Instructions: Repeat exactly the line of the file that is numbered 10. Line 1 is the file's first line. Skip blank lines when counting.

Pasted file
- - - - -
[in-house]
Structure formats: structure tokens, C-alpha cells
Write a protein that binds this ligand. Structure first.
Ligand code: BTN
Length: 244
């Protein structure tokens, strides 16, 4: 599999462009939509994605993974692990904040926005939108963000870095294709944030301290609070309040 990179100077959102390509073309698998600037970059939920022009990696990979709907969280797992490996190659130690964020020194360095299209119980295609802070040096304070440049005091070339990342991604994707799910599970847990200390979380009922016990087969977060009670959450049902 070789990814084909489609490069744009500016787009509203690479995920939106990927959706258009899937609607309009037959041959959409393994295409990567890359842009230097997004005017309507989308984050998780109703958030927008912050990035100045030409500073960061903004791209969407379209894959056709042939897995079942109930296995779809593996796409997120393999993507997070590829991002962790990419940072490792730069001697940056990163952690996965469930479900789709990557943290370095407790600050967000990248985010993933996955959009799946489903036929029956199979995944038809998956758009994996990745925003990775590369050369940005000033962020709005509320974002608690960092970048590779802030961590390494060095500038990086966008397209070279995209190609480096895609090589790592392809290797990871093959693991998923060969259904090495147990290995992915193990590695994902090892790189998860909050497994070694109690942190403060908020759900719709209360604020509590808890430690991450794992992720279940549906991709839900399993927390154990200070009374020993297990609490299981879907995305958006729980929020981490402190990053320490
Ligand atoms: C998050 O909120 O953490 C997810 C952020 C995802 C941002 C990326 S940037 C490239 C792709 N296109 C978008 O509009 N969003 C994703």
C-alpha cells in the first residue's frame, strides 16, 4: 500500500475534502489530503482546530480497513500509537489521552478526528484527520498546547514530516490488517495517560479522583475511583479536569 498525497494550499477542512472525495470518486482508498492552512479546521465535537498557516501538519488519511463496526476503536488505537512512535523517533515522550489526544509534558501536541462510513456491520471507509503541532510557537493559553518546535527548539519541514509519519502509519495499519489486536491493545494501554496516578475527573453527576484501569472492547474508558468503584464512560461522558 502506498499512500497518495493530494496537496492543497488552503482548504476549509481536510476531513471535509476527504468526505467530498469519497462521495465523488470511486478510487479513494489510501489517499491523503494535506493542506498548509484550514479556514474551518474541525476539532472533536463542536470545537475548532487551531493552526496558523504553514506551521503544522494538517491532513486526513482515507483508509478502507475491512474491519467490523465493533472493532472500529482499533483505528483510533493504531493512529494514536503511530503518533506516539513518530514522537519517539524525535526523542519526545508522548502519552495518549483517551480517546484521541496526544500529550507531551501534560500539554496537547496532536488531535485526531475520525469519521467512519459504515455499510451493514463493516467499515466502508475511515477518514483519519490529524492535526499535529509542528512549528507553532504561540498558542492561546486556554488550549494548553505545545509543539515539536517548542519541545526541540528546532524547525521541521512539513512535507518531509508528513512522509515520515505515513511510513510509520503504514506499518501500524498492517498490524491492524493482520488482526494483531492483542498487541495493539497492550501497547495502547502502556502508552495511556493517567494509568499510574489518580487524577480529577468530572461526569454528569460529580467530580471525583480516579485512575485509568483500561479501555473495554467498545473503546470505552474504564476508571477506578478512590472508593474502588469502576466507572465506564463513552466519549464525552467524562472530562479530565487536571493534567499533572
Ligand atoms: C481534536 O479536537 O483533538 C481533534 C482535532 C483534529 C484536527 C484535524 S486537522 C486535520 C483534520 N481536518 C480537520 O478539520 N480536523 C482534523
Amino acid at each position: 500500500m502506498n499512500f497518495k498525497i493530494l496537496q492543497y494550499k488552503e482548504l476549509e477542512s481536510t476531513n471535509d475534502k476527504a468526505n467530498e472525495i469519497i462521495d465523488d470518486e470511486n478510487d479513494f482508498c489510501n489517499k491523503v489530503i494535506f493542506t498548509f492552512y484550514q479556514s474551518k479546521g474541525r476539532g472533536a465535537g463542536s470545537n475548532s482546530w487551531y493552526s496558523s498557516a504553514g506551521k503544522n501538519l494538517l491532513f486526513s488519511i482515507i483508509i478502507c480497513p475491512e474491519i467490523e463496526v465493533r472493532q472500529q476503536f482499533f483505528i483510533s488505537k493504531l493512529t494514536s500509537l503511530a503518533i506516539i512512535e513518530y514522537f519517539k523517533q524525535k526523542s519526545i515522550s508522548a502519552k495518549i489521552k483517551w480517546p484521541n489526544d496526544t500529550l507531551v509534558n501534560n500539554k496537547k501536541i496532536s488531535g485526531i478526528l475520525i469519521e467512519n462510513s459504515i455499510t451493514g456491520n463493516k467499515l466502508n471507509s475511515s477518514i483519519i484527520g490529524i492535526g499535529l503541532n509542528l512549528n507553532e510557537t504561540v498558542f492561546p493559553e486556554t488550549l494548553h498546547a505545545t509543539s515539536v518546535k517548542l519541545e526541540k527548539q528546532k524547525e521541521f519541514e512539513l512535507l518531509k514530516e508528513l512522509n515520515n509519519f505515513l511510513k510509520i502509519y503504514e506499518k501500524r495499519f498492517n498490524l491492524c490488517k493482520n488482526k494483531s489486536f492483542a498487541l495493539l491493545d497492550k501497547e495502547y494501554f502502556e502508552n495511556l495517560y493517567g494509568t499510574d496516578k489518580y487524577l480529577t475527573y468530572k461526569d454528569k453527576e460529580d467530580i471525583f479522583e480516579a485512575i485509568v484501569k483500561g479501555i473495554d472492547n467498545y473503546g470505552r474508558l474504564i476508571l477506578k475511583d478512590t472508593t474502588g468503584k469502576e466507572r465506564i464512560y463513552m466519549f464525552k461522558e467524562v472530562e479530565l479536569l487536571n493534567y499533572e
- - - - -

Amino acid at each position: 500500500m502506498n499512500f497518495k498525497i493530494l496537496q492543497y494550499k488552503e482548504l476549509e477542512s481536510t476531513n471535509d475534502k476527504a468526505n467530498e472525495i469519497i462521495d465523488d470518486e470511486n478510487d479513494f482508498c489510501n489517499k491523503v489530503i494535506f493542506t498548509f492552512y484550514q479556514s474551518k479546521g474541525r476539532g472533536a465535537g463542536s470545537n475548532s482546530w487551531y493552526s496558523s498557516a504553514g506551521k503544522n501538519l494538517l491532513f486526513s488519511i482515507i483508509i478502507c480497513p475491512e474491519i467490523e463496526v465493533r472493532q472500529q476503536f482499533f483505528i483510533s488505537k493504531l493512529t494514536s500509537l503511530a503518533i506516539i512512535e513518530y514522537f519517539k523517533q524525535k526523542s519526545i515522550s508522548a502519552k495518549i489521552k483517551w480517546p484521541n489526544d496526544t500529550l507531551v509534558n501534560n500539554k496537547k501536541i496532536s488531535g485526531i478526528l475520525i469519521e467512519n462510513s459504515i455499510t451493514g456491520n463493516k467499515l466502508n471507509s475511515s477518514i483519519i484527520g490529524i492535526g499535529l503541532n509542528l512549528n507553532e510557537t504561540v498558542f492561546p493559553e486556554t488550549l494548553h498546547a505545545t509543539s515539536v518546535k517548542l519541545e526541540k527548539q528546532k524547525e521541521f519541514e512539513l512535507l518531509k514530516e508528513l512522509n515520515n509519519f505515513l511510513k510509520i502509519y503504514e506499518k501500524r495499519f498492517n498490524l491492524c490488517k493482520n488482526k494483531s489486536f492483542a498487541l495493539l491493545d497492550k501497547e495502547y494501554f502502556e502508552n495511556l495517560y493517567g494509568t499510574d496516578k489518580y487524577l480529577t475527573y468530572k461526569d454528569k453527576e460529580d467530580i471525583f479522583e480516579a485512575i485509568v484501569k483500561g479501555i473495554d472492547n467498545y473503546g470505552r474508558l474504564i476508571l477506578k475511583d478512590t472508593t474502588g468503584k469502576e466507572r465506564i464512560y463513552m466519549f464525552k461522558e467524562v472530562e479530565l479536569l487536571n493534567y499533572e